Supporting Evidence: New Research
Supporting Jaynes' Bicameral Mind Theory
Ancient Texts: Studies of the Iliad, the Odyssey, and the Bible
Supporting Evidence > Ancient Texts: Studies of the Iliad, the Odyssey, and the Bible
Julian Jaynes found important evidence for dating the development of consciousness by contrasting the lack of introspection and mental subjectivity in the Iliad versus the clear descriptions of these that are found in the Odyssey. Below is a small sample of research relevant to this aspect of Jaynes's theory.
Dividing Homer (continued): Innovation vs. Tradition in Homer - an Overlooked Piece of Evidence
Berg, Nils and Dag Haug. Symbolae Osloenses, 2000, 75 (1).
In Homeric studies, the evidence of metrics has often been overlooked. The authors argue that the hexameter must be a recent development, closely bound up with the transition from an Aeolic to a Ionic phase in the development of the epic diction. The Ionic phase must have been very short, and the rise of the Iliad is probably also to be situated at the very moment of change in meter and dialect.
A Quantitative Philology of Introspection
Diuk, Carlos G., D. Fernandez Slezak, I. Raskovsky, M. Sigman, and G. A. Cecchi. Frontiers for Integrative Neuroscience, 2012, 6 , 80.
The cultural evolution of introspective thought has been recognized to undergo a drastic change during the middle of the first millennium BC. This period, known as the "Axial Age," saw the birth of religions and philosophies still alive in modern culture, as well as the transition from orality to literacy — which led to the hypothesis of a link between introspection and literacy. Here we set out to examine the evolution of introspection in the Axial Age, studying the cultural record of the Greco-Roman and Judeo-Christian literary traditions. Using a statistical measure of semantic similarity, we identify a single "arrow of time" in the Old and New Testaments of the Bible, and a more complex non-monotonic dynamics in the Greco-Roman tradition reflecting the rise and fall of the respective societies. A comparable analysis of the twentieth century cultural record shows a steady increase in the incidence of introspective topics, punctuated by abrupt declines during and preceding the First and Second World Wars. Our results show that (a) it is possible to devise a consistent metric to quantify the history of a high-level concept such as introspection, cementing the path for a new quantitative philology and (b) to the extent that it is captured in the cultural record, the increased ability of human thought for self-reflection that the Axial Age brought about is still heavily determined by societal contingencies beyond the orality-literacy nexus.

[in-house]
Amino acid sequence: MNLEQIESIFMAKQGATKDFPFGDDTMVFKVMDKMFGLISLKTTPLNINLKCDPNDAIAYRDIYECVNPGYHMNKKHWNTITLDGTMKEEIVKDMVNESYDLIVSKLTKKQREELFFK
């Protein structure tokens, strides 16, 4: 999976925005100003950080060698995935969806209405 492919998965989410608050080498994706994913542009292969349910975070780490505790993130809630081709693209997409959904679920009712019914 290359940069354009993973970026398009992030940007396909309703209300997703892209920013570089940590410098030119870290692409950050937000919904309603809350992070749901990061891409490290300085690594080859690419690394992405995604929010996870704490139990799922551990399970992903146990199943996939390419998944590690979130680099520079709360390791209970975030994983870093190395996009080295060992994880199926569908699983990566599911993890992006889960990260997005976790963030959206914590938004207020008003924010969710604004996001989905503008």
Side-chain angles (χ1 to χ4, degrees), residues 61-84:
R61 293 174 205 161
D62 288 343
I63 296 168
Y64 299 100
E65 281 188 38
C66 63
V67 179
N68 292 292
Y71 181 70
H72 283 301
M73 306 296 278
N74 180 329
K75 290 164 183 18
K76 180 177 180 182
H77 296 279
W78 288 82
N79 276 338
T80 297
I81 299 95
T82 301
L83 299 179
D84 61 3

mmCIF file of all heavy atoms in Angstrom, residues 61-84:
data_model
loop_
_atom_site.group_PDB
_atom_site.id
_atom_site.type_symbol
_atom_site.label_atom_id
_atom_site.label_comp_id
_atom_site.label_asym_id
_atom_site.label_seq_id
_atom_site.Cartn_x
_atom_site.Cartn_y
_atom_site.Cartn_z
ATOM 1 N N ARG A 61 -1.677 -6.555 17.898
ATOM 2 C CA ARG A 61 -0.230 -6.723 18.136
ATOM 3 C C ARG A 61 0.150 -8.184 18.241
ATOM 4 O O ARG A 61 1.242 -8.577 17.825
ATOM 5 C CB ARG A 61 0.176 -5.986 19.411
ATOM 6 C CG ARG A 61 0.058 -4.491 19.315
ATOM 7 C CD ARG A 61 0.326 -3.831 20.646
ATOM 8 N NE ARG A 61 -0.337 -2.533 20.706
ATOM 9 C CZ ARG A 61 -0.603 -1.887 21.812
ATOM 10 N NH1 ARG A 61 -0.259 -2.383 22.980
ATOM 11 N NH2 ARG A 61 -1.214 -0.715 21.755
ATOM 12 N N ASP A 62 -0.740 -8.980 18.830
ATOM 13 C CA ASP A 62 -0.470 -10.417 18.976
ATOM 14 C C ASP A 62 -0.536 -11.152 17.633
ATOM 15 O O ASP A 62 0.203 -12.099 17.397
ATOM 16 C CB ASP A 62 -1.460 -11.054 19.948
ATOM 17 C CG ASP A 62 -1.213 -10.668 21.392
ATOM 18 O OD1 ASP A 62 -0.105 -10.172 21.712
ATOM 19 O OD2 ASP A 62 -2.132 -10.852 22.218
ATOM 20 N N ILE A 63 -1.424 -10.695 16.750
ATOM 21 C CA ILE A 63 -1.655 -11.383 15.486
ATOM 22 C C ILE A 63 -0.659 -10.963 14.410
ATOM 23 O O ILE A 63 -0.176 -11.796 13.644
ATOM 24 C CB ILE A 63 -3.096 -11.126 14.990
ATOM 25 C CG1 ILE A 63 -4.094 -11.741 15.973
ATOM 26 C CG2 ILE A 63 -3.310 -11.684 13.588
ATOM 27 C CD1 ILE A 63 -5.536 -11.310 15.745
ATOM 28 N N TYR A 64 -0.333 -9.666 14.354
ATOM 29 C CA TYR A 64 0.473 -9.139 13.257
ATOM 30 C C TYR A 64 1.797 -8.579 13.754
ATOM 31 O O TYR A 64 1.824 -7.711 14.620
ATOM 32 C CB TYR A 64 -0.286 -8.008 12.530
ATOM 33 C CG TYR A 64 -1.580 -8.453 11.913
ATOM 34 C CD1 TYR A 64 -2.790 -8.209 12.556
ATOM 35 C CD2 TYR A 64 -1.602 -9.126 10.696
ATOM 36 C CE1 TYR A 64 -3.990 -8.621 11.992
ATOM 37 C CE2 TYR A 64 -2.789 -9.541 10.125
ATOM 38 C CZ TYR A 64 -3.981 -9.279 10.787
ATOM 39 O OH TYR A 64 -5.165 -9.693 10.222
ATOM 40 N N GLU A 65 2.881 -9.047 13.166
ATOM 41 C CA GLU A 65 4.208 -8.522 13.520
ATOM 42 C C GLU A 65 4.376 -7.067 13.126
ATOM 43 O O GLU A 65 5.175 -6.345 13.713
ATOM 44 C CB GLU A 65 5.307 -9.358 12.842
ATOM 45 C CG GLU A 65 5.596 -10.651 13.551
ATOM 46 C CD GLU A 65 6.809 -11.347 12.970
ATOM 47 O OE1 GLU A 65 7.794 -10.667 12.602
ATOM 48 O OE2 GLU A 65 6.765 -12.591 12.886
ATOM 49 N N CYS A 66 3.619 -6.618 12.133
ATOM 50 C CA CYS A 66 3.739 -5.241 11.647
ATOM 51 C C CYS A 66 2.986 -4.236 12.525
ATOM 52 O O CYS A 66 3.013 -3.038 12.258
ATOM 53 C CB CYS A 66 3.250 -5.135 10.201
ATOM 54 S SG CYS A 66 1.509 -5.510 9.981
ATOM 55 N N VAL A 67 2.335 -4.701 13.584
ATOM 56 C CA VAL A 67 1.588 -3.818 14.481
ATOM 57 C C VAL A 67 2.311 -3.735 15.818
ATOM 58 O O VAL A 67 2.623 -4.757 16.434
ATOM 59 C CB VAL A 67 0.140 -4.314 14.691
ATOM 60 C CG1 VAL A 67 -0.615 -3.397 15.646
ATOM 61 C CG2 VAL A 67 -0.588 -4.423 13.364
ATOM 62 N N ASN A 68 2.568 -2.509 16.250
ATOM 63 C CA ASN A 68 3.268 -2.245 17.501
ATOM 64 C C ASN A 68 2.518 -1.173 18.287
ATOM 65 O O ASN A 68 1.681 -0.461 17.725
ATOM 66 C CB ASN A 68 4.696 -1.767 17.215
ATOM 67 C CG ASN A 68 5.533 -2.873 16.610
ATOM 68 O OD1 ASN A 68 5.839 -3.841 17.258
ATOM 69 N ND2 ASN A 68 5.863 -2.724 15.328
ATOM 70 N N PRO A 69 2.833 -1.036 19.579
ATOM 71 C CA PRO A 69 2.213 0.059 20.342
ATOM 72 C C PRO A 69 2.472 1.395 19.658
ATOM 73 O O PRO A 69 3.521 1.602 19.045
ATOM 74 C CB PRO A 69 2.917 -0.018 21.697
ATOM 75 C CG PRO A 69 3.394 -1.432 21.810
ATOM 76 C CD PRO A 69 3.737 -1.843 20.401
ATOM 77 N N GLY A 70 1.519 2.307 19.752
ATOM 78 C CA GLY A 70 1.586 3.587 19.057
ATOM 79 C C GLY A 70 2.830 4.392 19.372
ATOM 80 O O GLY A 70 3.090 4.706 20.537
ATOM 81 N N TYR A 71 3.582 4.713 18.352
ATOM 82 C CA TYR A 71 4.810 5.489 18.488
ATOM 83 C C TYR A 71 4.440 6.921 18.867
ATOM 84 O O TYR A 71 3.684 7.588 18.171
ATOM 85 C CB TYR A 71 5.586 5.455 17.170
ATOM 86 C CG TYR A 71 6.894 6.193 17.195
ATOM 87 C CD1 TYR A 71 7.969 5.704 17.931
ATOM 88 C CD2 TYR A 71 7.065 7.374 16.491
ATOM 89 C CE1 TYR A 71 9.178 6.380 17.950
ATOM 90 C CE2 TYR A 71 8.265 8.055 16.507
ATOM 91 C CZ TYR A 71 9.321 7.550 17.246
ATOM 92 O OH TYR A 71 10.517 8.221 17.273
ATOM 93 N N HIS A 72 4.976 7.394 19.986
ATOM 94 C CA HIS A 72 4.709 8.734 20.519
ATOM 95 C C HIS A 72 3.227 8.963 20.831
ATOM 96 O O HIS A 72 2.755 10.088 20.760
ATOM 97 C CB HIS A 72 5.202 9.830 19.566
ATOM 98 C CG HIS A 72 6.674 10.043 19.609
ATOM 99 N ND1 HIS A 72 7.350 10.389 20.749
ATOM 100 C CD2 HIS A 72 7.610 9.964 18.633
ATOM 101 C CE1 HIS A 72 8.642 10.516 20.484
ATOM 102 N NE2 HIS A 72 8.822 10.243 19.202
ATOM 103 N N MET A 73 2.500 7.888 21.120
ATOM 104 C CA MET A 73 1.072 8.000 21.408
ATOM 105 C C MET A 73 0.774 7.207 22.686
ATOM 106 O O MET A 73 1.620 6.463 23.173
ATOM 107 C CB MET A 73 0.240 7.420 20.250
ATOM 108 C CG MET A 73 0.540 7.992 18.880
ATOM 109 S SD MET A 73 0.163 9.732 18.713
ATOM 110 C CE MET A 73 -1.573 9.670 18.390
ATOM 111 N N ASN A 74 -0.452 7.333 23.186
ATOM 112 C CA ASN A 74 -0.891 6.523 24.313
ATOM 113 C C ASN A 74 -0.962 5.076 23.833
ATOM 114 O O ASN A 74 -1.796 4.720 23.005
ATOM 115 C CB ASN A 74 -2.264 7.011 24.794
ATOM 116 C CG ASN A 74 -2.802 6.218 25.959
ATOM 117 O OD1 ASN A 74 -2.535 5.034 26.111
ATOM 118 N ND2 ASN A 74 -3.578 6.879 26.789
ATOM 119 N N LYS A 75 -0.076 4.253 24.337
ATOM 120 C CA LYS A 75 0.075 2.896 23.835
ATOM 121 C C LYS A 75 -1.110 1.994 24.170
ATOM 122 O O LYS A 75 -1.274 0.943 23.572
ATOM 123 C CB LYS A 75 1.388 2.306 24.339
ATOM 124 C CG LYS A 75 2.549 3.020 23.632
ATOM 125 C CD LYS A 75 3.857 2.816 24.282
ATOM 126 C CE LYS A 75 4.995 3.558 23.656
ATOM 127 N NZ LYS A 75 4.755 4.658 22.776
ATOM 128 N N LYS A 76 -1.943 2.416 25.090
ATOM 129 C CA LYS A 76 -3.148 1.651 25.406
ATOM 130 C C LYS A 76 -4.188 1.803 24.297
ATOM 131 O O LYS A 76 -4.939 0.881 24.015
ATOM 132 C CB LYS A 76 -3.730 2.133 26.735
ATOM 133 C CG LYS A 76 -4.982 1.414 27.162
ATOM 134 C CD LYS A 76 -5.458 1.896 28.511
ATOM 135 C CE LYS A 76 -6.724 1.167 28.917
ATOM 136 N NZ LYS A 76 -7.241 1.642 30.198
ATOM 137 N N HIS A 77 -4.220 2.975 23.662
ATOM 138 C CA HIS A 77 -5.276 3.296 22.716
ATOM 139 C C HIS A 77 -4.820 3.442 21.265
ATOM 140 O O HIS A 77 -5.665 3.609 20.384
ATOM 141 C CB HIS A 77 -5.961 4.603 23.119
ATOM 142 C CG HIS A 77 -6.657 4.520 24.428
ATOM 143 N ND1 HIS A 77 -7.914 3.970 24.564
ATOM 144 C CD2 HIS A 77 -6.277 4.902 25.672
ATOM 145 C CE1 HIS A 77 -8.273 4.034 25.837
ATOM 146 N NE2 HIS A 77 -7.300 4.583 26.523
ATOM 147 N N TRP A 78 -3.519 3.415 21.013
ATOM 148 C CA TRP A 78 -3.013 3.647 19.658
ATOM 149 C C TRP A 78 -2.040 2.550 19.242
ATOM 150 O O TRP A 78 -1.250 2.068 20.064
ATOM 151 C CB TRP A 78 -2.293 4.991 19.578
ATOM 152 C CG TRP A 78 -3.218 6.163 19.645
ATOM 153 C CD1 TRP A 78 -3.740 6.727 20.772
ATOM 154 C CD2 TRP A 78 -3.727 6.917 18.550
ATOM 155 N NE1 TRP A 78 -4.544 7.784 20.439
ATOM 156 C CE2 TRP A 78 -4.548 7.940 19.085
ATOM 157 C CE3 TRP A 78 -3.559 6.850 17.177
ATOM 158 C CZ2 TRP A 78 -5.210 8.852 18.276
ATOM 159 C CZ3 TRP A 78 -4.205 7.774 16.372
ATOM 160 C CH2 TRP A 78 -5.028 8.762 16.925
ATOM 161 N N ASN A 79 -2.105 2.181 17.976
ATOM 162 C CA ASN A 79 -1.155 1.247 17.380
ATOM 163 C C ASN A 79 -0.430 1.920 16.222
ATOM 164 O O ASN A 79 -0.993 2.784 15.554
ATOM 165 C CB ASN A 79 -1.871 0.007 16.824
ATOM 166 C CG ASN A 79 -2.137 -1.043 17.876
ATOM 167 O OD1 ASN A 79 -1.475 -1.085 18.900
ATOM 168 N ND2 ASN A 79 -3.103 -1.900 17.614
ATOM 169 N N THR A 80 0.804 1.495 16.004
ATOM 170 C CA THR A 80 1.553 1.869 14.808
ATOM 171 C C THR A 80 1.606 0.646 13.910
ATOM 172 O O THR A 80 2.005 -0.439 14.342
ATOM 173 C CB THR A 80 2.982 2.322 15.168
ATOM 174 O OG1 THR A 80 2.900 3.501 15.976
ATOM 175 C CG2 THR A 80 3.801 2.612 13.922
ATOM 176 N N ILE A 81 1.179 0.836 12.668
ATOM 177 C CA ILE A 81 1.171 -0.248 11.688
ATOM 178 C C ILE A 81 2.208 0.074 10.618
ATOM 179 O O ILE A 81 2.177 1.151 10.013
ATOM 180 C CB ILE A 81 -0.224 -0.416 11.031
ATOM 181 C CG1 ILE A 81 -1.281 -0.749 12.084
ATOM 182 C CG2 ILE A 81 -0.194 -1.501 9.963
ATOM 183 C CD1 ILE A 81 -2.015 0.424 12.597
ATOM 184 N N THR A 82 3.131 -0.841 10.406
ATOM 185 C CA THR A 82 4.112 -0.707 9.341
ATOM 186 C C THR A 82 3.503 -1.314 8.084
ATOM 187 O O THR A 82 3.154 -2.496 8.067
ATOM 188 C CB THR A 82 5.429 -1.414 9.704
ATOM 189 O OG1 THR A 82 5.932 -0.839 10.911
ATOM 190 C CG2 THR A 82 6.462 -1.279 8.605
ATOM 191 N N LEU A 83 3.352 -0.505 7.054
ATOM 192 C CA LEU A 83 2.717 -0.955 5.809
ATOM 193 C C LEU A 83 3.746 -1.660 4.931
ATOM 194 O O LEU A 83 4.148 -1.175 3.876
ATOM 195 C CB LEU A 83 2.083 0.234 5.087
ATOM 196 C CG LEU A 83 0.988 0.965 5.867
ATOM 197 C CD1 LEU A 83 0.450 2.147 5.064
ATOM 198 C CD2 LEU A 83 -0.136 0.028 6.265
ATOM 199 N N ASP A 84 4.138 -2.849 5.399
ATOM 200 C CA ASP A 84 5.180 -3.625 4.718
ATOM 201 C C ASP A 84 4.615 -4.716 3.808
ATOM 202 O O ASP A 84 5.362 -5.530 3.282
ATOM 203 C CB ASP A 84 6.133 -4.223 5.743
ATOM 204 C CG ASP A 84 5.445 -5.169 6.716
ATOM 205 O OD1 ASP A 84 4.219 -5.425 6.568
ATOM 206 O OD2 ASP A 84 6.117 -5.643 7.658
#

Literary Evidence for the Cultural Development of a Theory of Mind
Gordon, Andrew and Anish Nair. Proceedings of the 25th Annual Meeting of the Cognitive Science Society, 2003, July 31-Aug. 2.
The term Theory of Mind is used within the cognitive sciences to refer to the abilities that people have to reason about their own mental states and the mental states of others. An important question is whether these abilities are culturally acquired or innate to our species.
This paper outlines the argument that the mental models that serve as the basis for Theory of Mind abilities are the product of cultural development. To support this thesis, we present evidence gathered from the large-scale automated analysis of text corpora. We show that the Freudian conception of a subconscious desire is a relatively modern addition to our culturally shared Theory of Mind, as evidenced by a shift in the way these ideas appeared in 19th and 20th century English language novels.
Major Systems of Thematic Resonance in the Iliad
Heiden, Bruce. Symbolae Osloenses, 2000, 75 (1).